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Esper: US military presence in Palau more important now than ever


Defense Secretary Mark Esper meets with Palau's President Thomas Remengesau, left, on Aug. 27, 2020, in Koror, Palau for a U.S. defense secretary's first-ever visit to the country. Photo by Meghann Myers/Military Times

Koror — U.S troops have been rotating in and out of a small Southeast Asian island nation for more than 40 years, and on Friday they got their inaugural visit by a Pentagon boss.

Defense Secretary Mark Esper toured a civil affairs compound and met with top government officials as part of the first-ever visit by a U.S. secretary of Defense , though the relationship between Palau and the military dates back decades.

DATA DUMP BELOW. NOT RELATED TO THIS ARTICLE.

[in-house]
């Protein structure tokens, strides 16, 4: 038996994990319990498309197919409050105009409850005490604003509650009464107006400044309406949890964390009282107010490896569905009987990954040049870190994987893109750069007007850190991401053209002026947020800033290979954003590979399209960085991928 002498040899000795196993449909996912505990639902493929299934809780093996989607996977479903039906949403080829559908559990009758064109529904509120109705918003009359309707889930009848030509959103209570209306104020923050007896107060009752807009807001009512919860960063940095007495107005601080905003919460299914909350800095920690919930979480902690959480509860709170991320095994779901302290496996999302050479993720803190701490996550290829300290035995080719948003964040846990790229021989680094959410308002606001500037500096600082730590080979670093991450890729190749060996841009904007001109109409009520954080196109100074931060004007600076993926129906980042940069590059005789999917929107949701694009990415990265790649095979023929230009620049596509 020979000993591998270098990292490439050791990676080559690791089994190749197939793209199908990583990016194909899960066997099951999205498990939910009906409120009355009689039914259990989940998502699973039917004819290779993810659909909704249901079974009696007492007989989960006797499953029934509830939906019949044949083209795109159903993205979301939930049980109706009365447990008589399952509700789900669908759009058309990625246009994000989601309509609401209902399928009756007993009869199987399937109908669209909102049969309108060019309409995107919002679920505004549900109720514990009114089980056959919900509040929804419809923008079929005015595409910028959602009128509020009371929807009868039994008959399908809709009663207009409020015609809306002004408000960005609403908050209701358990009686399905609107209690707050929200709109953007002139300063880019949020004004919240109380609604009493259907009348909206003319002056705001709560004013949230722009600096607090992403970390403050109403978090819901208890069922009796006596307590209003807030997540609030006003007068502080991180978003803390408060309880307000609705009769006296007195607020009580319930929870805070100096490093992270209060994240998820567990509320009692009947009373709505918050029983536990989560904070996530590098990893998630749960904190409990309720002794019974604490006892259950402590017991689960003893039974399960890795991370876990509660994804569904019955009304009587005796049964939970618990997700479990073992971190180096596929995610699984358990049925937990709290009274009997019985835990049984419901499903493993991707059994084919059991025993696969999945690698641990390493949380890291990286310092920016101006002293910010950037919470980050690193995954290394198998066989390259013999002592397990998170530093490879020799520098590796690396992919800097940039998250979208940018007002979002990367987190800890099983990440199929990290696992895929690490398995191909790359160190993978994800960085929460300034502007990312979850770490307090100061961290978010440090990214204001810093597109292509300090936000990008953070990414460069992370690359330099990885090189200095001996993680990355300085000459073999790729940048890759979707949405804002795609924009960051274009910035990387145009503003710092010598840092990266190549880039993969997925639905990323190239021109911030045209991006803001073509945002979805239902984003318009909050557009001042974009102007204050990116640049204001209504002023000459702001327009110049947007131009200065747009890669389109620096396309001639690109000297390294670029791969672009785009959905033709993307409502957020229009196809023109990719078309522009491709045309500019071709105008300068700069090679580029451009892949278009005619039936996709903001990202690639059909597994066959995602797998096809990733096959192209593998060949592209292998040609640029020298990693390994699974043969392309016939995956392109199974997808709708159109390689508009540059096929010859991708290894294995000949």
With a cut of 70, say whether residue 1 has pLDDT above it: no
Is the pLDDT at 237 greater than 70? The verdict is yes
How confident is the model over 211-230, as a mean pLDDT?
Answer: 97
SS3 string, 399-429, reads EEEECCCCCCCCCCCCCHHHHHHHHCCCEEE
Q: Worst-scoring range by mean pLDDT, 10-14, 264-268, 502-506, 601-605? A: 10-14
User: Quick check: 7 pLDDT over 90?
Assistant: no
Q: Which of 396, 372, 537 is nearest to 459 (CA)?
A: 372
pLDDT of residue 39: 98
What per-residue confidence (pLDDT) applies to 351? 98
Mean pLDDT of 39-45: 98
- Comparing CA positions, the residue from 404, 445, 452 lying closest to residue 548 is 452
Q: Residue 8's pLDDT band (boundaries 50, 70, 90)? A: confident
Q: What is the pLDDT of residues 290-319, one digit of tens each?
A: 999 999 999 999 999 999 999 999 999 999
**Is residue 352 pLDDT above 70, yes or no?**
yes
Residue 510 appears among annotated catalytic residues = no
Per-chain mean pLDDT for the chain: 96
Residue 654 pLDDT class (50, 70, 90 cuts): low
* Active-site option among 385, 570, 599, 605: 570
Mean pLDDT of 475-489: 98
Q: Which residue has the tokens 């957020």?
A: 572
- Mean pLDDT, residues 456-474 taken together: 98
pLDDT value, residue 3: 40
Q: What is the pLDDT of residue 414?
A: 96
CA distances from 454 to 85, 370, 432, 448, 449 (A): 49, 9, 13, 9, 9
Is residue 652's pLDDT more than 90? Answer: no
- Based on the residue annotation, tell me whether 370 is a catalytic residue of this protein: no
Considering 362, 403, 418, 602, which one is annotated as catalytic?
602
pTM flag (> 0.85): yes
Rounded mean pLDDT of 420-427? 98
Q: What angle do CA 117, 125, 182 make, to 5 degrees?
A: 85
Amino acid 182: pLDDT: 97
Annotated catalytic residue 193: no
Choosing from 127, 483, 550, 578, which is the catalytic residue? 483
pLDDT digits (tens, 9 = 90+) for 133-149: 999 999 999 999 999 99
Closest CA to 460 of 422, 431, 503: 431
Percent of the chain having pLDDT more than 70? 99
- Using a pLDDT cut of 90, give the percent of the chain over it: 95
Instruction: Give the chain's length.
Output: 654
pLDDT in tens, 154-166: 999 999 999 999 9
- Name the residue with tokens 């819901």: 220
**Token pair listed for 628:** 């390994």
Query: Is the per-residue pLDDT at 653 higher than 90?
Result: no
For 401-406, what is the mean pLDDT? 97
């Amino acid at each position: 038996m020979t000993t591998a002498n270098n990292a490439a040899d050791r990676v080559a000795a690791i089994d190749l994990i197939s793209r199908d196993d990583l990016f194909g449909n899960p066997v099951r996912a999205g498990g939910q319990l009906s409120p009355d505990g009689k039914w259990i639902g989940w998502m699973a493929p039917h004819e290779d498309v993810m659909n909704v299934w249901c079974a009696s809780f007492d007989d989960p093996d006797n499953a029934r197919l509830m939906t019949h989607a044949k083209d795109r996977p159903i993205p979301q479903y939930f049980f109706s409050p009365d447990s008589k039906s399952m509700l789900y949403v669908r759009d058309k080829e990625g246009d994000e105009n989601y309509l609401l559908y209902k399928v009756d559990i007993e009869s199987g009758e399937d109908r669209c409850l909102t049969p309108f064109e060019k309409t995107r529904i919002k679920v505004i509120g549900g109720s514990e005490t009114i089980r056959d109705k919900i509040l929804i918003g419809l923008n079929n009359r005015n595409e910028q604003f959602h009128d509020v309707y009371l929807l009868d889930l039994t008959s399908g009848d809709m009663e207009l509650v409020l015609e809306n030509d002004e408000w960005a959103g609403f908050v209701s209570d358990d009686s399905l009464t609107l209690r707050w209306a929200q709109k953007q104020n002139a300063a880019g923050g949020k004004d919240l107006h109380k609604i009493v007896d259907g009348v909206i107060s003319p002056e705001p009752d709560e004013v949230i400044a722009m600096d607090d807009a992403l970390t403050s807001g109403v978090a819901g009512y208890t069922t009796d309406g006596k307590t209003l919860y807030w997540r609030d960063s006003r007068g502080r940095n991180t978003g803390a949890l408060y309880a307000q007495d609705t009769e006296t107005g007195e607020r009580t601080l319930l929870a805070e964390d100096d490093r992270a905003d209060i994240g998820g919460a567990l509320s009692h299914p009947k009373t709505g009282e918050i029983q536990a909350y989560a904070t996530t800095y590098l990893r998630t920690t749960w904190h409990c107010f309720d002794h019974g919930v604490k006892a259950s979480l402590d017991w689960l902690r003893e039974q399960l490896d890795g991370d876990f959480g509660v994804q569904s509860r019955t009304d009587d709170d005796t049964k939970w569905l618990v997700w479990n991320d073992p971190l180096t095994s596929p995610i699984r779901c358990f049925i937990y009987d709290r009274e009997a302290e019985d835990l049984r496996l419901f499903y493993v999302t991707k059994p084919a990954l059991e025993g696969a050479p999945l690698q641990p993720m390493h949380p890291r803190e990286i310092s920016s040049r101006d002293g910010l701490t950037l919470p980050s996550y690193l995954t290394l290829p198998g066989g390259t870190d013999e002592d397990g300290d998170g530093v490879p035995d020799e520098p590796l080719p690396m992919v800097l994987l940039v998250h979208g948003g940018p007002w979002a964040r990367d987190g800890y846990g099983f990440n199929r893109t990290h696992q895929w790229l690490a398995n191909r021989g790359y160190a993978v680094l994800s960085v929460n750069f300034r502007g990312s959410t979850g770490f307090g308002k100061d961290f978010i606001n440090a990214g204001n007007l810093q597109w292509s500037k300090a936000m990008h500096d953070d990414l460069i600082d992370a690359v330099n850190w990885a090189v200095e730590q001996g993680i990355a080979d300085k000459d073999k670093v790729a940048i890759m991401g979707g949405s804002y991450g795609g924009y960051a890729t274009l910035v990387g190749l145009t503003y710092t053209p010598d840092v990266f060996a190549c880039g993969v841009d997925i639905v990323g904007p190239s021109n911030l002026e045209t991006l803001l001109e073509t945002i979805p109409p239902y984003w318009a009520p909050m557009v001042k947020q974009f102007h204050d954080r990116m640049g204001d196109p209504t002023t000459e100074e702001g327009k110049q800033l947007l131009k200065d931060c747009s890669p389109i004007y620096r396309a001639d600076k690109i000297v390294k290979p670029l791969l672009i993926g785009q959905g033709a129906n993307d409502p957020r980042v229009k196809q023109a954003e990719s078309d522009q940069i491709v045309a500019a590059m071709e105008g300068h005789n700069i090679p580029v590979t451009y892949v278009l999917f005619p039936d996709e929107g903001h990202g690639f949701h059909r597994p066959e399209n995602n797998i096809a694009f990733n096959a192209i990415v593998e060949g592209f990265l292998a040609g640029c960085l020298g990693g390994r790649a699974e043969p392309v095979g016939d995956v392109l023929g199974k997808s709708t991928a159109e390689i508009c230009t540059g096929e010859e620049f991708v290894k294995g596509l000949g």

“There are so many Palauans who serve in the American armed forces, at a much higher rate than any state in the United States,” Esper said.

Today was a sobering reminder of the cost of great power conflict in human lives—72,000 Americans remain unaccounted for from #WorldWarII.

A country of more than 300 island and roughly 20,000 residents, about 500 of its citizens serve in the U.S. military, more than twice the rate of American citizens, which is currently about 1 percent.

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